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August 2007
Superior Audio Equipment Review

Crystal Cable
The power and the glory!
Review By Phil Gold
Click here to e-mail reviewer.

 

Crystal Cable Connect Ultra500 Silver Cable  Don't you love it when a component is drop-dead gorgeous. I'm talking VAC Phi, Sonus Faber Stradivari Homage, and the Oracle Turntable. But whoever heard of a cable that could turn heads. A sexy cable? Come on...

Until now! Yes one company makes sexy looking cables. What's that about? And why should you care?

Actually you should care, because sexy here means slim and flexible, a rare achievement in the realm of high-end wire. Flexibility brings two huge advantages. First, you can put your equipment where you want it, without having to worry about clearance for those stiff cables that bend with the greatest reluctance. It also means mechanical isolation you won't be getting vibration running down the cable or impeding the floating action of your equipment you have so carefully suspended.

 

What's The Technology Here?
Normally flexibility like this comes with sonic compromises. Either the conductance of the cable or the effectiveness of the shielding is impaired, or even both. In this case, the manufacturer claims to have avoided such drawbacks. The flexibility is the direct result of a new combination of materials. If I have the story straight, the initial breakthrough occurred years ago at Siltech Cables in Holland, where Edwin van der Kley discovered a new way to inject gold into silver conductors under ideal conditions so as to fill the gaps between the silver crystals. Siltech has used this revolutionary metallurgy for many years and the latest improvements have made it possible to achieve a surprisingly thin diameter with the same mechanical properties. Conductivity improves remarkably, enabling a thin wire to have the capacity of a much thicker wire made of pure silver or copper. This new alloy also shows much improved malleability, greatly reducing the micro-fractures to which traditional silver or copper cables are so prone to under bending. Since there is much less need to protect the wire against sharp bending, the cable wrap can be much thinner, allowing a slim elegant design.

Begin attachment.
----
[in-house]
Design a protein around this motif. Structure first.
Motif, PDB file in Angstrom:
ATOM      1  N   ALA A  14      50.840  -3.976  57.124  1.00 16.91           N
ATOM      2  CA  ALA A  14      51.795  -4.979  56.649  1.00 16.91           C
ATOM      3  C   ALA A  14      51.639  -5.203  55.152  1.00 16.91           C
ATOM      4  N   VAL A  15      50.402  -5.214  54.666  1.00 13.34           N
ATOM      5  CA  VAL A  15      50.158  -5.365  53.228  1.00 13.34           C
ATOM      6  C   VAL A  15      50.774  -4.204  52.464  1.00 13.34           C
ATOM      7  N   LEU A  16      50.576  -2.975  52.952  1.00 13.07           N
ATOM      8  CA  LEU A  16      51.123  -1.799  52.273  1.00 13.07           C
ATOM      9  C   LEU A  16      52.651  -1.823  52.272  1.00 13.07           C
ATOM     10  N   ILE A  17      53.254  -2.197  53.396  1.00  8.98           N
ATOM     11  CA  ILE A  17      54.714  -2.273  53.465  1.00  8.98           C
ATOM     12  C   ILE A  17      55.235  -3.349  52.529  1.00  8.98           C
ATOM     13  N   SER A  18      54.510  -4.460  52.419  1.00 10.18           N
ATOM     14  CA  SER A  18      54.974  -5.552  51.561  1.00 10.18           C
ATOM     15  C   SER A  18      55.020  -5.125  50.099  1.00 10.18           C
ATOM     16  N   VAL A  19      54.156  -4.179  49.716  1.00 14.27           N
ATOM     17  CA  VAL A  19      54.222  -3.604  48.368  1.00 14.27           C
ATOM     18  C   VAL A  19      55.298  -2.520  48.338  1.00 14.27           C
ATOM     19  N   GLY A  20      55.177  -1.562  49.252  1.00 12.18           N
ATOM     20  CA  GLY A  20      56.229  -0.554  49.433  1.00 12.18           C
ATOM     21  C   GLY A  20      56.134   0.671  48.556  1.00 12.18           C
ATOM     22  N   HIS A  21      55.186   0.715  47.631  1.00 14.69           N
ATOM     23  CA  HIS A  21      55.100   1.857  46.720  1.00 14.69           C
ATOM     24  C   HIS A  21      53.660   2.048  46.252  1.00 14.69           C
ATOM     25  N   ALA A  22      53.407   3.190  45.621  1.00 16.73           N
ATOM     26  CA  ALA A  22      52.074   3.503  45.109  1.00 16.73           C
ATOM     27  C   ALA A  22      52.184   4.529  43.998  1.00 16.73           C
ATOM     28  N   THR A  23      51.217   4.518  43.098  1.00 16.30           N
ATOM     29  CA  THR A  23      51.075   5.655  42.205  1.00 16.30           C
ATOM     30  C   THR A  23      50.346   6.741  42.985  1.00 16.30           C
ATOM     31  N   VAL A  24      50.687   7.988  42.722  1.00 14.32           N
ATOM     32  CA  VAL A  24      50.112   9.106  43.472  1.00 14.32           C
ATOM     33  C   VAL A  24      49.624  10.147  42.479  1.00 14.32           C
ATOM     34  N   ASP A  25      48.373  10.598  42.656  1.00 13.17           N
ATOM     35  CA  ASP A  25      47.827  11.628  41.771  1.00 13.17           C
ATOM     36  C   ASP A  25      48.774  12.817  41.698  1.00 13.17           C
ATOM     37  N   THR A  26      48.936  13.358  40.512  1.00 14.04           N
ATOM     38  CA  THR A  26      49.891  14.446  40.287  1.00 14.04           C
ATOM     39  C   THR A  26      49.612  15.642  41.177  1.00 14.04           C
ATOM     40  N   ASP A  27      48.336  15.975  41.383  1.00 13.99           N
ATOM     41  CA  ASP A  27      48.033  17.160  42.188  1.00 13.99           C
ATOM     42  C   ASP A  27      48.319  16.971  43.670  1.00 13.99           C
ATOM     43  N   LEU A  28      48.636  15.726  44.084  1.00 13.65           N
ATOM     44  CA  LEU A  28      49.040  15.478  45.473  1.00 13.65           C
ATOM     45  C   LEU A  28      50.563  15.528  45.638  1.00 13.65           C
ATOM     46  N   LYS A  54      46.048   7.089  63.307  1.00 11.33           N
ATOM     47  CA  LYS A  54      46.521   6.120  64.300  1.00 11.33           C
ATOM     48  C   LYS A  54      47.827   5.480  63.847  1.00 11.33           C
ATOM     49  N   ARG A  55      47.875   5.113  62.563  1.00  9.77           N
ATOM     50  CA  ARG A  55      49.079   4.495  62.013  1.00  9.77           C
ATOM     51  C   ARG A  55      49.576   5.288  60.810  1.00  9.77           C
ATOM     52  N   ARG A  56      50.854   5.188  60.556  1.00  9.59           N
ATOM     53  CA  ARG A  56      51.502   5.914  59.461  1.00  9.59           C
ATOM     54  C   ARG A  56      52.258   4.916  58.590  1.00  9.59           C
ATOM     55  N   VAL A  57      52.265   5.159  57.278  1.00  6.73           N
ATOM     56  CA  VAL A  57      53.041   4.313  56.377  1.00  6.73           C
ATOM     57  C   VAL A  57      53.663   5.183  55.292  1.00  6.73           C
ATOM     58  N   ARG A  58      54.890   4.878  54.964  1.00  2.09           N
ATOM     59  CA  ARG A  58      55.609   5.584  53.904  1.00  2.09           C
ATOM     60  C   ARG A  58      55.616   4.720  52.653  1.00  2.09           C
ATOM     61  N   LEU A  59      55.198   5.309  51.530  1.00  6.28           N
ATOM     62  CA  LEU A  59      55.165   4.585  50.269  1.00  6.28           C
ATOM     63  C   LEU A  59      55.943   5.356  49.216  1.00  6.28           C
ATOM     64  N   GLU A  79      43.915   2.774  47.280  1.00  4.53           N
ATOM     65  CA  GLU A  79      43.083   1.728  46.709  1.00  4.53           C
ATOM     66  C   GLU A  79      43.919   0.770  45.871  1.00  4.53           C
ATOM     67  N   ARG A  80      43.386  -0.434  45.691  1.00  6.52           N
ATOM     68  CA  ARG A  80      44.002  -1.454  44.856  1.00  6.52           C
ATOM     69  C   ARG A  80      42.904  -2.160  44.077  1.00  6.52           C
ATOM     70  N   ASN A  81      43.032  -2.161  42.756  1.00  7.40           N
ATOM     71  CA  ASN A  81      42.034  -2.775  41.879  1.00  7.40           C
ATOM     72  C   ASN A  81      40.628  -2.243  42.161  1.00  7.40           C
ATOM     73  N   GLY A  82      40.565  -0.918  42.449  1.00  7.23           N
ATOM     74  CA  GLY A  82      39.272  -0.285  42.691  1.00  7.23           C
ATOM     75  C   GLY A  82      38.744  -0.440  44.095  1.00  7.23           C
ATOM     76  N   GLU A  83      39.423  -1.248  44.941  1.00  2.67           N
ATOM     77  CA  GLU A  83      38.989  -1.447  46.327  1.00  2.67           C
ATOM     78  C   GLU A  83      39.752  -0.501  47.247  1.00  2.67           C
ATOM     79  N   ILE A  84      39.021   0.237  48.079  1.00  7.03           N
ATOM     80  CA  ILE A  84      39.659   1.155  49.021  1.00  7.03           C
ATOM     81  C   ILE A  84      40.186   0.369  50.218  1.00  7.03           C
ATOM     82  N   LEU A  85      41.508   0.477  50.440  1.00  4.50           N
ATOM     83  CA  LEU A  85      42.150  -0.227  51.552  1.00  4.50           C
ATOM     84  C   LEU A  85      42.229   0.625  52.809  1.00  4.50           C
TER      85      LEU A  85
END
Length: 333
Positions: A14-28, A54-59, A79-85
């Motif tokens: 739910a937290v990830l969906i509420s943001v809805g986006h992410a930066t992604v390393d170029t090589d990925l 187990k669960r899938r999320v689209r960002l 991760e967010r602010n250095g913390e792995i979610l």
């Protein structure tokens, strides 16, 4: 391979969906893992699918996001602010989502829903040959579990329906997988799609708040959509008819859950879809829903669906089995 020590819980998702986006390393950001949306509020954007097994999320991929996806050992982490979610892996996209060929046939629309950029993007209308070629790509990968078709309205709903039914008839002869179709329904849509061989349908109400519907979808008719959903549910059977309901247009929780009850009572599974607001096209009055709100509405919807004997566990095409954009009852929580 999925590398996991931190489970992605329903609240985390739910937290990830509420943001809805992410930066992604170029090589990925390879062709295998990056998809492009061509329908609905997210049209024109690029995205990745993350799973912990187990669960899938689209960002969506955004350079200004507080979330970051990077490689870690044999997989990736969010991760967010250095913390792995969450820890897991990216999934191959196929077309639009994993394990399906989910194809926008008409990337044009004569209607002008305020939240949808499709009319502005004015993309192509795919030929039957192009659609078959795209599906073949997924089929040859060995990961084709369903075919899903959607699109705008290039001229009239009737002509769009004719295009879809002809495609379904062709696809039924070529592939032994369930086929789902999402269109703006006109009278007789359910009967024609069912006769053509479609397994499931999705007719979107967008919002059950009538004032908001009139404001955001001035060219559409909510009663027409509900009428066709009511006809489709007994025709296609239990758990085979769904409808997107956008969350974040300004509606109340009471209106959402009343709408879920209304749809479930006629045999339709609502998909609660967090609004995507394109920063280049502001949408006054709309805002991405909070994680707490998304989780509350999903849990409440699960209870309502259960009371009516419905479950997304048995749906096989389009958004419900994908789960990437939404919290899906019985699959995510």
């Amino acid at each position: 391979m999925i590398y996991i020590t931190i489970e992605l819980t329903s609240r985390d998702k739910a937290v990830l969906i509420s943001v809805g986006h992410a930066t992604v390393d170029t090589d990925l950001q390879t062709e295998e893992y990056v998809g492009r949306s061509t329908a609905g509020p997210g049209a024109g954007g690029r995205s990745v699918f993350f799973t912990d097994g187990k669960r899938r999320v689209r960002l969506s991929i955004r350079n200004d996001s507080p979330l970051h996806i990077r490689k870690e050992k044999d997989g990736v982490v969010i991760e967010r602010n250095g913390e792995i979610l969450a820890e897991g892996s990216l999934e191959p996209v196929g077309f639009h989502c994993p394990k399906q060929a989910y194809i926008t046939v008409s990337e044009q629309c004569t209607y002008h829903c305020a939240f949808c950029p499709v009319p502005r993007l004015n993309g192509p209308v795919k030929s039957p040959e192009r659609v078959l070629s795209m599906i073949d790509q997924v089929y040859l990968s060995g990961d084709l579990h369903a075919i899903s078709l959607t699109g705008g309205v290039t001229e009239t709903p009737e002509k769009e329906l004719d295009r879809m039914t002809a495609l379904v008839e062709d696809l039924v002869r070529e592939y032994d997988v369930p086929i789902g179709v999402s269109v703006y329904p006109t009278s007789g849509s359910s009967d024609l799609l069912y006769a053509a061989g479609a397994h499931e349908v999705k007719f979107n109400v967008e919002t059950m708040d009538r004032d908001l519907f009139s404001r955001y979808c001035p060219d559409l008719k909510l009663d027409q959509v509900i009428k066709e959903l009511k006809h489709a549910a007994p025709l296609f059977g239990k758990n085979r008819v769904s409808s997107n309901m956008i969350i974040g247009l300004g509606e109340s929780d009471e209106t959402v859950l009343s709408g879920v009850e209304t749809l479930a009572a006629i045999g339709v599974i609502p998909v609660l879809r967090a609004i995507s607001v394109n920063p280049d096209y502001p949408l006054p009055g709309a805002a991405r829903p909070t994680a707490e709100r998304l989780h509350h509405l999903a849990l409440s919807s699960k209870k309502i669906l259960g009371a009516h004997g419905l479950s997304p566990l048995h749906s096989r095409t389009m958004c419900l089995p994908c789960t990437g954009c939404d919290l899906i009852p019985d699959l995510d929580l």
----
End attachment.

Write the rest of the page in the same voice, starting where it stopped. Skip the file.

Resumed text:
This was such a breakthrough that Edwin's wife Gabi set up a new company to develop this technical concept which provided the opportunity to introduce high end cables with a new surprising look and a flexibility never achieved before. This company, Crystal Cable, now runs its research and development independently, although production facilities are still shared with Siltech cables. Edwin still runs Siltech, and Gabi now runs Crystal Cable.